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Phishing Emails

Phishing Emails

No Phishing Allowed!

Phishing scams involve email messages sent in an attempt to acquire sensitive information from the recipient. By masquerading as a trustworthy sender or entity, scammers will try to trick you into opening attachments, clicking on links, or responding with sensitive information in order to compromise your information. This can also result in your email account becoming compromised and sending out the same scam message to all of your contacts without your approval or knowledge.

Here are some tips to help you avoid falling victim to phishing scams:
  1. Don't trust the sender display name. Check the "from" email address. Does it look like it matches the sender display name? If something seems off, trust your instincts and delete the message.
  2. Look - but don't click. If there are any words with links, you can hover your mouse over them in order to view the full link embedded in the message. If it's untrustworthy or the link has been shortened somehow (whether using a common site like or not), do not click the link. Even clicking a link can infect your device with malware and compromise your account.
  3. Check for typos. Typos, especially multiple instances in one message, are becoming less common but still can give away a phishing attempt.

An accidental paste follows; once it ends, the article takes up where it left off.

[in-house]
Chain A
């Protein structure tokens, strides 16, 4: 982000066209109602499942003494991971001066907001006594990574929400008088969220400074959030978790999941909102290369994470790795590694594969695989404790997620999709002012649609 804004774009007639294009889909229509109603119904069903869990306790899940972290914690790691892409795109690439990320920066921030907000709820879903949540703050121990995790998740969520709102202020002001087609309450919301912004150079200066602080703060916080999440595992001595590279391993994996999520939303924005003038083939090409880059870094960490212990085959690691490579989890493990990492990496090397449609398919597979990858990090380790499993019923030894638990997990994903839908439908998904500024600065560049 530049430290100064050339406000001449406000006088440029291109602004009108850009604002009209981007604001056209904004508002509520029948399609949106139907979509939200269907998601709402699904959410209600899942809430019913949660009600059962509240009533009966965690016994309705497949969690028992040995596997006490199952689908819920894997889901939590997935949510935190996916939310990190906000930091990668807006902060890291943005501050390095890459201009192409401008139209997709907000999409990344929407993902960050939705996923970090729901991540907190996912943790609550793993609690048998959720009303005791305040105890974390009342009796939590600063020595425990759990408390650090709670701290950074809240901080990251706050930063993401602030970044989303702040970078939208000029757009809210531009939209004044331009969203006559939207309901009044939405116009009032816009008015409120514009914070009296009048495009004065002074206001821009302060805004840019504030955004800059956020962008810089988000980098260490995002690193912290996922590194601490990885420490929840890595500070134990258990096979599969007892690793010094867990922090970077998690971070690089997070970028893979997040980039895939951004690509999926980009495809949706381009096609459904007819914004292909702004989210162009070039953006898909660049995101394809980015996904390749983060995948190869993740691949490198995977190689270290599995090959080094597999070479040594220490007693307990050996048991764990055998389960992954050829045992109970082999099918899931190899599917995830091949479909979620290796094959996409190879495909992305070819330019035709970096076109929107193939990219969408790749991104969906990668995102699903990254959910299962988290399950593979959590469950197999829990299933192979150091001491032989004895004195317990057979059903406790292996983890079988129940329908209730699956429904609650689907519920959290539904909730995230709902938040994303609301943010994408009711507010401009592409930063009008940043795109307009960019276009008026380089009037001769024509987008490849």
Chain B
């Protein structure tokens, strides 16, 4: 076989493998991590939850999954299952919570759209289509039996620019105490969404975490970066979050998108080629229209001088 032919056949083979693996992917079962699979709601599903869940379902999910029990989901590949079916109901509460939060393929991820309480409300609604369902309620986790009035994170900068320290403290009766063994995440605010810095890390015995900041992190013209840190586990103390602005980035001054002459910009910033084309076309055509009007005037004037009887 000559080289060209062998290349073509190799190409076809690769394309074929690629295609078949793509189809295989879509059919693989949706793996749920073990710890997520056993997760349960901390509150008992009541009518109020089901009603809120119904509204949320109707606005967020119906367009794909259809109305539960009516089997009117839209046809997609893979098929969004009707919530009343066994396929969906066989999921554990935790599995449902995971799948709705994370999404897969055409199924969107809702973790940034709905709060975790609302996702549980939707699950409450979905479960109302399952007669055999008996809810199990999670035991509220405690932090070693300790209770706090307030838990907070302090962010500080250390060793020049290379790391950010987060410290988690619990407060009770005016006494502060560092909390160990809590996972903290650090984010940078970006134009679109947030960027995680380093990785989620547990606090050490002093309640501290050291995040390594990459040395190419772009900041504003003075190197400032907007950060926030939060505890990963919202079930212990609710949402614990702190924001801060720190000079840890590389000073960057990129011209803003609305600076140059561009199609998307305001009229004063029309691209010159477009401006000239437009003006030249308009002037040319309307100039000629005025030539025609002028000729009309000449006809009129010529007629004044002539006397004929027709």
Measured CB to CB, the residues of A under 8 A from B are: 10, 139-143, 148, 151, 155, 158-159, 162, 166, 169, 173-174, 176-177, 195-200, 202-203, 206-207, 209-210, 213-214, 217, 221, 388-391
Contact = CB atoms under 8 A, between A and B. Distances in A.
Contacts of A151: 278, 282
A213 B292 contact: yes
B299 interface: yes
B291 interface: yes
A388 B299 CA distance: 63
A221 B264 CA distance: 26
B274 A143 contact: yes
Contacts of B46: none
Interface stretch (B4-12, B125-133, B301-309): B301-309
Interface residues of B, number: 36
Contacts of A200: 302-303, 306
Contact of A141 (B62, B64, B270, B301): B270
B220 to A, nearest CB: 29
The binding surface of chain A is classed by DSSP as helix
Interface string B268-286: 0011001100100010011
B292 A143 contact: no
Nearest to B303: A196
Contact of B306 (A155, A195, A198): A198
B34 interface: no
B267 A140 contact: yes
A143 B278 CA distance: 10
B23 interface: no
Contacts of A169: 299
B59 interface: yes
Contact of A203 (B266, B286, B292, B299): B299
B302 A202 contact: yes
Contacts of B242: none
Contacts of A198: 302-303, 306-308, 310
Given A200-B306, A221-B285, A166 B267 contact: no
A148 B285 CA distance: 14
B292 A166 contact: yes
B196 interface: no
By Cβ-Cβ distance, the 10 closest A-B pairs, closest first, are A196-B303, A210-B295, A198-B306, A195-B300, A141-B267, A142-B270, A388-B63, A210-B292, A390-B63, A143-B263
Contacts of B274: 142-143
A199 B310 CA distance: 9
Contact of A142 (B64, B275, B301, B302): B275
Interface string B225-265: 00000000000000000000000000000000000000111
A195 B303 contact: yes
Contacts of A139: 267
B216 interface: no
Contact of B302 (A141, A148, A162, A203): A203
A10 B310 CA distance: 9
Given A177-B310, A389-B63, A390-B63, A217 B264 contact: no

4. Analyze the "from" email address. In an attempt to make tip #1 less effective, scammers will often spoof email addresses of trusted organizations. Look for typos, oddly placed characters, and unusual word combinations in the "from" email address.
  5. Analyze the greeting. Is it a generalized greeting, or a properly customized greeting with your name?
  6. Analyze the signature. Do you know the sender? Can you verify outside of this message that they've sent it to you?
  7. Don't share any personal information. Legitimate organizations will never ask for personal credentials or information via email.
  8. Beware of urgent or threatening language in the subject or message. If a package is being held, an account has been suspended, or you won't believe the embarrassing photo of you, this may be a phishing attempt.
  9. Don't open attachments. Attachments can include malware and viruses which infect your computer once opened, stealing your passwords or other information or spying on your online activity without your knowledge. Never open email attachments you weren't expecting.
  10. Trust your instincts. If something doesn't feel quite right, it probably isn't. If the message is purporting to be from a known/trusted source, follow up with that individual or organization by phone or other means outside of the suspicious message.
What to do if you receive a phishing email:
  1. If you opened the attachment/clicked on the link and provided your information, please contact the Help Desk and follow the recommended phishing next steps.
  2. If you are able to identify a phishing attempt and did not click on the link/open the attachment, please feel free to delete the message. There is no need to notify IT, as we are almost always made aware of these messages by our filtering and monitoring tools or those who fell victim to the scam. However, if you need assistance in ascertaining whether or not an email is a phishing attempt, please contact us for assistance.